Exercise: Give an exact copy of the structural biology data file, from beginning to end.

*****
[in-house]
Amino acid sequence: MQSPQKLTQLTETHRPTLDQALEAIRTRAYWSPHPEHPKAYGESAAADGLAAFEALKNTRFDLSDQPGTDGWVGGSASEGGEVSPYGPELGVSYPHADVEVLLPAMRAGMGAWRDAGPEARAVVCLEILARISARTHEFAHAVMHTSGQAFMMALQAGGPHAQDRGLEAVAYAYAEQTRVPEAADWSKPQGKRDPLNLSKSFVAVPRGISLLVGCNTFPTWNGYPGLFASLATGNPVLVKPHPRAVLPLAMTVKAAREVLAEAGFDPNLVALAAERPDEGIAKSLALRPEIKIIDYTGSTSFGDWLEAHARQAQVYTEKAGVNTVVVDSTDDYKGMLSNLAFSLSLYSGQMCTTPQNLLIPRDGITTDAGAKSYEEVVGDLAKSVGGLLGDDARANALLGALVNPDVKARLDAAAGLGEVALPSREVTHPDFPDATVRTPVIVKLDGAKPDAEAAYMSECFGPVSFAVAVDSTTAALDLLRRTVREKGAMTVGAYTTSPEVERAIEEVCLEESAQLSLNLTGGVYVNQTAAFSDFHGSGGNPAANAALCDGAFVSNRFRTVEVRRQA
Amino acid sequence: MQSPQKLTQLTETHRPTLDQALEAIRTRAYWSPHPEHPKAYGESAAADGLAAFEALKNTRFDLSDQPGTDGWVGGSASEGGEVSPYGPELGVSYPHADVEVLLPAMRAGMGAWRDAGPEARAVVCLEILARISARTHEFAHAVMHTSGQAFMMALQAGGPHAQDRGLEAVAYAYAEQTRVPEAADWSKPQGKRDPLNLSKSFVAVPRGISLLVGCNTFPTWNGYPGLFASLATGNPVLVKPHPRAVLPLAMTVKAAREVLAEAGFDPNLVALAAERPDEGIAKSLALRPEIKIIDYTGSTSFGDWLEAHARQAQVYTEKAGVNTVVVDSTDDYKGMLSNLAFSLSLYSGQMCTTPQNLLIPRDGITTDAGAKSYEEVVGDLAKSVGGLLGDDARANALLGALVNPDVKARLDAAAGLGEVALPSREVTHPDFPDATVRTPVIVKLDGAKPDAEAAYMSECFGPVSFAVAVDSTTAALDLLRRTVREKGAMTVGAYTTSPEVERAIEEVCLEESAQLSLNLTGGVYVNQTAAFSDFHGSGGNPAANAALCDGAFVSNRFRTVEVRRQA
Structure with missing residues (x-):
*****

[in-house]
Amino acid sequence: MQSPQKLTQLTETHRPTLDQALEAIRTRAYWSPHPEHPKAYGESAAADGLAAFEALKNTRFDLSDQPGTDGWVGGSASEGGEVSPYGPELGVSYPHADVEVLLPAMRAGMGAWRDAGPEARAVVCLEILARISARTHEFAHAVMHTSGQAFMMALQAGGPHAQDRGLEAVAYAYAEQTRVPEAADWSKPQGKRDPLNLSKSFVAVPRGISLLVGCNTFPTWNGYPGLFASLATGNPVLVKPHPRAVLPLAMTVKAAREVLAEAGFDPNLVALAAERPDEGIAKSLALRPEIKIIDYTGSTSFGDWLEAHARQAQVYTEKAGVNTVVVDSTDDYKGMLSNLAFSLSLYSGQMCTTPQNLLIPRDGITTDAGAKSYEEVVGDLAKSVGGLLGDDARANALLGALVNPDVKARLDAAAGLGEVALPSREVTHPDFPDATVRTPVIVKLDGAKPDAEAAYMSECFGPVSFAVAVDSTTAALDLLRRTVREKGAMTVGAYTTSPEVERAIEEVCLEESAQLSLNLTGGVYVNQTAAFSDFHGSGGNPAANAALCDGAFVSNRFRTVEVRRQA
Amino acid sequence: MQSPQKLTQLTETHRPTLDQALEAIRTRAYWSPHPEHPKAYGESAAADGLAAFEALKNTRFDLSDQPGTDGWVGGSASEGGEVSPYGPELGVSYPHADVEVLLPAMRAGMGAWRDAGPEARAVVCLEILARISARTHEFAHAVMHTSGQAFMMALQAGGPHAQDRGLEAVAYAYAEQTRVPEAADWSKPQGKRDPLNLSKSFVAVPRGISLLVGCNTFPTWNGYPGLFASLATGNPVLVKPHPRAVLPLAMTVKAAREVLAEAGFDPNLVALAAERPDEGIAKSLALRPEIKIIDYTGSTSFGDWLEAHARQAQVYTEKAGVNTVVVDSTDDYKGMLSNLAFSLSLYSGQMCTTPQNLLIPRDGITTDAGAKSYEEVVGDLAKSVGGLLGDDARANALLGALVNPDVKARLDAAAGLGEVALPSREVTHPDFPDATVRTPVIVKLDGAKPDAEAAYMSECFGPVSFAVAVDSTTAALDLLRRTVREKGAMTVGAYTTSPEVERAIEEVCLEESAQLSLNLTGGVYVNQTAAFSDFHGSGGNPAANAALCDGAFVSNRFRTVEVRRQA
Structure with missing residues (x-):